Wednesday , October 16 2019
Home / canada / Scotland's power availability comes under fire

Scotland's power availability comes under fire



HALIFAX – Electricity availability in Scotland on Thursday was entering fire on Thursday, opposition leaders and online critics asked the government to keep the private company up to date.

The whole Atlantic region was interrupted after a storm, with heavy winds and heavy snow and wet snow, vehicles were interrupted and pushed closed schools.

But Nova Scotia was particularly harsh with almost 250,000 homes and businesses (half of Nova Scotia Power customers).

Also, according to the availability provided by Emera Inc. by Halifax, wind and snow show that wind and snow have created a four-voltage high-power line and, consequently, power generation from generation to generation over the continent from Scotland.

Scotland's Energy Director General Karen Hutt said the other three lines could manage the load but the flows of the wires were disconnected when they hit each other.

Combining the problem shortly afterwards, NB Power binds Memramcook, N.B., when he was caught by an outage, linking New Brunswick to a Trans-Line linking Scotland.

"The system did the same thing as our system did: it closed to protect itself," said Hutt in the interview.

The second operation Nova Scotia Power's number of clients doubled, with no electricity, totaling more than 200,000.

The worst province was the hurricane that ravaged the hurricane in September 2003, causing the death of eight people and causing damage to $ 100 million.

Scotland's NDP Leader Gary Burrill said Thursday "a stormy storm" – Halifax, for example, had almost no snow, would not have much effect on it.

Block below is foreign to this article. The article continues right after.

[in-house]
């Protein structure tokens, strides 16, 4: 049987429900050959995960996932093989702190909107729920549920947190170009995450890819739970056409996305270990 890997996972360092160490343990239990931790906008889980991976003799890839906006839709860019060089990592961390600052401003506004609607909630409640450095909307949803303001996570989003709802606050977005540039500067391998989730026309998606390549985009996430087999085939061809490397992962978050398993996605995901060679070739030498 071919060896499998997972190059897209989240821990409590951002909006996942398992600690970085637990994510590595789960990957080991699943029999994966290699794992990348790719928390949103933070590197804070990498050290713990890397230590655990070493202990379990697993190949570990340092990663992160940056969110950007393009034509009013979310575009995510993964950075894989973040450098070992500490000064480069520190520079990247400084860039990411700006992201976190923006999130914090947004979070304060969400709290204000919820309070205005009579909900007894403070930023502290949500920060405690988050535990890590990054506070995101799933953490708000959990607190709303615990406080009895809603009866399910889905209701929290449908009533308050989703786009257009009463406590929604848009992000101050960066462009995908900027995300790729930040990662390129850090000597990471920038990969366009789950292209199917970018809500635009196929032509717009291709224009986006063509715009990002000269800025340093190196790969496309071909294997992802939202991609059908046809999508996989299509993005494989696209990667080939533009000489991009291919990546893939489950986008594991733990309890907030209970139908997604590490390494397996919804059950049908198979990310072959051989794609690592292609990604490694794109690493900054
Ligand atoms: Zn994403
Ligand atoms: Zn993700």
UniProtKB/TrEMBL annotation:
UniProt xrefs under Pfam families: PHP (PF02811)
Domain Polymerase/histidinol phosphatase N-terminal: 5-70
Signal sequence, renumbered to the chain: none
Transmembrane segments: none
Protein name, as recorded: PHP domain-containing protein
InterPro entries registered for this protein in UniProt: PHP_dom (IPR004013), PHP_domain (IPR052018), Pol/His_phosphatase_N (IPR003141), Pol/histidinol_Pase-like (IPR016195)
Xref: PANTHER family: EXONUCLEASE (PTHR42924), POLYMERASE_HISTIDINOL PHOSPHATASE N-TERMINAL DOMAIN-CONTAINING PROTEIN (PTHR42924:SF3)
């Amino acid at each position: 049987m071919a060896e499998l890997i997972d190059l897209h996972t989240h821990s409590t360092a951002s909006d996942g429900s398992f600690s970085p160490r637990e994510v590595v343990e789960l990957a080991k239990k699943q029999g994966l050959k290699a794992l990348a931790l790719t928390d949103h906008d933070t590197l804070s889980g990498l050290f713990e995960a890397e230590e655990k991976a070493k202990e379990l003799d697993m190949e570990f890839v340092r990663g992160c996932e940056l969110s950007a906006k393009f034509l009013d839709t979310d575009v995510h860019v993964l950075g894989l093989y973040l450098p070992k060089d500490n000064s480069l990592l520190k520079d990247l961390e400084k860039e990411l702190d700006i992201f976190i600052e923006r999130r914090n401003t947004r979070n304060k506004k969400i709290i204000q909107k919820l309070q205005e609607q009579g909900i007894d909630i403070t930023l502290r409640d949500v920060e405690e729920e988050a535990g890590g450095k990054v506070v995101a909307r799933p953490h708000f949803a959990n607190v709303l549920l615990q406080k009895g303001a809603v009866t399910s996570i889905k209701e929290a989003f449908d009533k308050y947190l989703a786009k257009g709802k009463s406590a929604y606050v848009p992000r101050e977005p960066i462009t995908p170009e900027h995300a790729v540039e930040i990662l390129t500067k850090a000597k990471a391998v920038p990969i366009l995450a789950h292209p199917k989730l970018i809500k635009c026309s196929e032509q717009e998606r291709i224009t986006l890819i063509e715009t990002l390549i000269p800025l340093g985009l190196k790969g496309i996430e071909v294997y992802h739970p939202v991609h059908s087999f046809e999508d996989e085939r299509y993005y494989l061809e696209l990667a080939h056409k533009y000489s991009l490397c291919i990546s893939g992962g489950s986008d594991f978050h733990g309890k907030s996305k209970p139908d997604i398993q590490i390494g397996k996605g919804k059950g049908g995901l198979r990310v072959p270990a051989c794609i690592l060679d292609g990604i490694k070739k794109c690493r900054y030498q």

However, Hutt emphasized obstacles in the Halifax field, drawing a lot of criticism online. Scotland caused north-eastern weather conditions after New Brunswick.

"You can not conclude that you are reporting to Halifax, with the shield that is occurring in other parts of the province," he said. "This is not the case as in Nova Scotia or other jurisdictions in the power system."

However, Burrille called on the government to keep up the matter.

"Something really keeps the network maintenance in general," said Burrille. "If we have this level of infrastructure failure rate … why should not any normal person think," Gosh, something is wrong here. "

Progressive Conservative Leader Tim Houston was complex: "We pay the highest power rate in the country, we expect power. Excludes … must return."

Many online chats raised questions about the seriousness of the storm in Halifax.

"I'm surprised I think it's a stormy weather," said a social media post. "Are there any provinces in this country, of course, compared to access to electrical access?" I really tell you, because this is very coveted. "

Prime Minister Stephen McNeil was asked how his Liberal government responded to the motions, promptly postponed the Scotland Utility and the Revised Commission.

"We have put on trustworthiness standards," said Halifax after a cabinet. "At the same time, the regulator will deal with reliability".

Elsewhere on Thursday, NB Power reported around 44,000 customers in the New Brunswick neighborhood. P.E.I., Maritime Electric said that 45,000 customers were out of power, and Newfoundland power reported a series of interruptions.

The low pressure weather system asked Environment Canada to provide weather warnings throughout the Atlantic area.

Thus, 110 kilometers per hour windbreakers were announced in Newfoundland, where the number of snowfall would reach 25 centimeters in the mid-province.

Northern Scotland parts were expected to rise upwards of 20 cm in height, due to the 80 km / h wind.

The agency said on the northern coast of P.E.I. They could see waves and surfing over the waves, though they could cause flooding, while the New Brunswick east was 15 cm in height and 80 km / h blustery winds.

The schools were closed and the ferry was abandoned between Newfoundland and Scotland and the E.E. Confederation Bridge was abolished. and a limited trip to Nova Scotia.

Halifax, Charlottetown and St. John, N.L.

Michael MacDonald, The Canadian Press


Source link